Credit Card Delinquencies Hit New Record Low
The national credit card delinquency rate (the rate of borrowers 90 or more days past due) decreased for the sixth consecutive quarter, dropping to 0.6% at the end of the second quarter in 2011. This is the lowest mark observed in 17 years. Credit card debt per borrower increased $20 in the quarter to $4,699, though it remains near record-low levels. This information is reported by TransUnion and is part of its ongoing series of quarterly analyses of credit-active U.S. consumers, evaluating how they are managing credit related to mortgages, credit cards and auto loans.
Although credit card delinquencies were expected to drop, the Q2 2011 TransUnion data released today shows credit card delinquency rates improving by more than at any other time since the recovery began in 2009, both on a quarter-over-quarter basis (-18.9%) and on a year-over-year basis (-34.8%).
"National credit card delinquency rates have fallen to levels not seen since 1994 as consumers continue to tighten their spending," said Ezra Becker, vice president of research and consulting in TransUnion's financial services business unit. "TransUnion believes that the recovering economy is only indirectly impacting delinquency rates. More important and impactful to the decline in bank card delinquency are that consumers are using credit cards more responsibly; a large number of delinquent accounts have moved to charge-off status; and lenders remain conservative in their underwriting."
The record low-level of credit card debt that has continued post recession is supported by a separate TransUnion credit card deleveraging analysis released in July. The analysis found that consumers made an estimated $72 billion more in payments on their credit cards than purchases between the first quarters of 2009 and 2010. This is in contrast to just five years prior when consumers made an estimated $2.1 billion more in purchases than payments. That constitutes a nearly $75 billion turnaround in consumer payment dynamics from 2004 to 2009.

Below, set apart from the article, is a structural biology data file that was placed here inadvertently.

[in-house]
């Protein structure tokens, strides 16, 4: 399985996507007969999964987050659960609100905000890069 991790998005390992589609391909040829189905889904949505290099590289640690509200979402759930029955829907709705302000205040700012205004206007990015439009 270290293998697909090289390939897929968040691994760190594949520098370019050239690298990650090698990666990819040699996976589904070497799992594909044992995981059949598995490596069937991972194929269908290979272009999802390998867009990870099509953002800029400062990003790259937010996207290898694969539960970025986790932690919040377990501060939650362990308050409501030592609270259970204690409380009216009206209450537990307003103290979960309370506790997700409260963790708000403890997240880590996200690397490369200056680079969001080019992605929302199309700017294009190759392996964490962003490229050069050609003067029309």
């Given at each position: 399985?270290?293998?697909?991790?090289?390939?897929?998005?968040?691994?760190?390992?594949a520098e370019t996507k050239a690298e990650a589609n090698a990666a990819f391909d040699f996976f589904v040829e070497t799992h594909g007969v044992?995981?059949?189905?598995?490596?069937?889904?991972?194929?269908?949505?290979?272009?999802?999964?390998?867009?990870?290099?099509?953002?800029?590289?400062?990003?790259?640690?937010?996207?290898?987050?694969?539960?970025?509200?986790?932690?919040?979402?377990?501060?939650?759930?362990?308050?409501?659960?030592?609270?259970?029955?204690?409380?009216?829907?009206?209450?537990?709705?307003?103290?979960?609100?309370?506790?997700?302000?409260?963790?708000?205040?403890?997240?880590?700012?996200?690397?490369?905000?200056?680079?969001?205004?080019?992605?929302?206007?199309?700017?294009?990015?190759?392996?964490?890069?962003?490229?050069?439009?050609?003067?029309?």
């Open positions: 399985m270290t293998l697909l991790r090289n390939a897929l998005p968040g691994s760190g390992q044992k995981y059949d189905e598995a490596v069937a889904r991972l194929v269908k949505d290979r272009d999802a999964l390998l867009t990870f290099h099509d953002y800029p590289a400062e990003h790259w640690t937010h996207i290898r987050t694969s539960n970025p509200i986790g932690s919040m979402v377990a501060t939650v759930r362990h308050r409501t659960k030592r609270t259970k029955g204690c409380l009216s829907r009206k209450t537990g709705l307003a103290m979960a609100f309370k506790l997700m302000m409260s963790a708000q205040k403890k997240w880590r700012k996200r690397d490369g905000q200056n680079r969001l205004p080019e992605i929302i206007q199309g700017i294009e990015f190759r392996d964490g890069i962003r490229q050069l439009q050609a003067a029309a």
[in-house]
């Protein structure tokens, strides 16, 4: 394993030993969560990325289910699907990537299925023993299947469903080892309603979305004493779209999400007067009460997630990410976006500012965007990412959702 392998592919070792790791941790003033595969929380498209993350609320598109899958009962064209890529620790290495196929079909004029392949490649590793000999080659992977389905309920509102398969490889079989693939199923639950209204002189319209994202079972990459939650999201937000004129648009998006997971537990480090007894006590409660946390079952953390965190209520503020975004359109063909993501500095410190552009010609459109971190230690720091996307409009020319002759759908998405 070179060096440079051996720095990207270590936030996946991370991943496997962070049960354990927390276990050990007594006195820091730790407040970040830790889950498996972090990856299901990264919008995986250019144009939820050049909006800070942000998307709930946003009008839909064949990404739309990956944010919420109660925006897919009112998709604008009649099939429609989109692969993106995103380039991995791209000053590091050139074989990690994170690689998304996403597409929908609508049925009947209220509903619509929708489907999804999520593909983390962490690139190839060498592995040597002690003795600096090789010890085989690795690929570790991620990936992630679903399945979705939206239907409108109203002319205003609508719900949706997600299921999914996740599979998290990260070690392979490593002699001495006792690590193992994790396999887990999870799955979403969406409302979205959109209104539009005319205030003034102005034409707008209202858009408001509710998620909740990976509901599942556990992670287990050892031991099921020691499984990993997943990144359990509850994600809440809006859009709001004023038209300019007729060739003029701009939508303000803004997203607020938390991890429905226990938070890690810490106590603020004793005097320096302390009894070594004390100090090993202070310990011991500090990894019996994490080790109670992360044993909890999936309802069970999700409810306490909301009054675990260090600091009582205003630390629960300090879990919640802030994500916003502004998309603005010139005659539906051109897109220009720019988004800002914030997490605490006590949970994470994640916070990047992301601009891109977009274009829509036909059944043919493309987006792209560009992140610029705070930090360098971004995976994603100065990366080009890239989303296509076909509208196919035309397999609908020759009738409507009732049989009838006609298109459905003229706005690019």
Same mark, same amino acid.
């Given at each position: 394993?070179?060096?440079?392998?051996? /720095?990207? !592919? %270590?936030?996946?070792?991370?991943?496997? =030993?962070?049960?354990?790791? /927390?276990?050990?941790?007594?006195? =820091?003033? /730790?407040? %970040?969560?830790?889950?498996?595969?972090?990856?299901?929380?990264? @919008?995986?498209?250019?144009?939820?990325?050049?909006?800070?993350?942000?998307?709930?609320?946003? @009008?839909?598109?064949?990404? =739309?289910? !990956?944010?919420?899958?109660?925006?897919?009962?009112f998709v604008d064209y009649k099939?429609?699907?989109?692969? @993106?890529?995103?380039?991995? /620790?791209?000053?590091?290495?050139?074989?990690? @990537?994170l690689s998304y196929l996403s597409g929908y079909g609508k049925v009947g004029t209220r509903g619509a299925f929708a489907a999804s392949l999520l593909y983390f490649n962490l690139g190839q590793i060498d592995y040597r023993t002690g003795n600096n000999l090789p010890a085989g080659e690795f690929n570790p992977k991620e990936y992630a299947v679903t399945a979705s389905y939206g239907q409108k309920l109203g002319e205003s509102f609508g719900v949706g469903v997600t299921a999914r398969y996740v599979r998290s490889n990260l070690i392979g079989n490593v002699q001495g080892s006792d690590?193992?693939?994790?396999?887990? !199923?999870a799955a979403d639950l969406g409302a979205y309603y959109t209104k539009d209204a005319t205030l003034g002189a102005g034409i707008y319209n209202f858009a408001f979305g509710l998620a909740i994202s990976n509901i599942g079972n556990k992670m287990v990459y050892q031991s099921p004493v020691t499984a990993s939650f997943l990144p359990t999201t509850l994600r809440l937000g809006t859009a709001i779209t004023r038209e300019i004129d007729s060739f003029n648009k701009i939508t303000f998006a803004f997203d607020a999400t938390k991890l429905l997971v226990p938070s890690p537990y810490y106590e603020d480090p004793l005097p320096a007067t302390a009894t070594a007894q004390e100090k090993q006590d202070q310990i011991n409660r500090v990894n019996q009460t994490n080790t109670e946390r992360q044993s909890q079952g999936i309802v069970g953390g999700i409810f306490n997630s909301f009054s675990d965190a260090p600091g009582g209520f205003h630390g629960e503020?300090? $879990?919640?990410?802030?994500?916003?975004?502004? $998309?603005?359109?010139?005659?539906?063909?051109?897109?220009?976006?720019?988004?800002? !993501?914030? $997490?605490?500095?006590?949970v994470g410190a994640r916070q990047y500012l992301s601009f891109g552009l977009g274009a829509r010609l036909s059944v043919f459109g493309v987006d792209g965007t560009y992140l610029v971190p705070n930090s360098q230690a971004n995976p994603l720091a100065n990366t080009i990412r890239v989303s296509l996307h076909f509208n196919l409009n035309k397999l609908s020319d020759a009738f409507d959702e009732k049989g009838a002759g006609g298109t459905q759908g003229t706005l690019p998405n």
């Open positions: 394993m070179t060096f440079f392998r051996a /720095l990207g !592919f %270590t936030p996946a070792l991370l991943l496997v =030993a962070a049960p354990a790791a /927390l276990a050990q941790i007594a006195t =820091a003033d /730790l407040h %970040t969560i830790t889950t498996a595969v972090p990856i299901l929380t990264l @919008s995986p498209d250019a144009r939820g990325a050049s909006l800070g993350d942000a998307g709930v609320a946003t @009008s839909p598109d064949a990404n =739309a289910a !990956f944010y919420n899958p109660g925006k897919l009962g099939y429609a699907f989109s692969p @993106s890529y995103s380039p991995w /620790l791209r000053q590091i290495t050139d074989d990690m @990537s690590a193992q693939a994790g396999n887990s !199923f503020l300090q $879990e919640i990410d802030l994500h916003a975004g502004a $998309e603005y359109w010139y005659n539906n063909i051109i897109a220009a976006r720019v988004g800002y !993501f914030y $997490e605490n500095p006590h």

Between the first and second quarters of 2011, 49 states and the District of Columbia experienced declines in their credit card delinquency rates, with North Dakota being the only state to experience an increase. On a more granular level, 83% of metropolitan statistical areas (MSA) saw declines in their credit card delinquency rates in Q2 2011. This is an improvement compared to Q1 2011, when 74% of MSAs experienced a decline. In Q4 2010, only 53% of MSAs experienced such a decline.
TransUnion forecasts that credit card borrower delinquency rates will continue to drift downward for the remainder of 2011 as the economy continues its slow recovery and financial institutions maintain a conservative approach to underwriting.
"Since the recession began, lenders have been increasingly scrutinizing the borrower's overall financial situation, e.g. duration of employment, credit and income history -- holding consumers to higher standards for loan approval," added Becker. "Those approved are less likely to default even in the face of continued high unemployment levels. Although there are still seasonal influences underlying credit card repayment patterns, they have been muted by the conservative use of credit by consumers. As the slow economic recovery continues, this trend should carry through the end of the year."
TransUnion's forecast is based on various economic assumptions, such as gross state product, consumer sentiment, disposable income, and interest rates. The forecast changes as the economy deviates from a conservative economic forecast or if there are unanticipated shocks to the economy affecting recovery.
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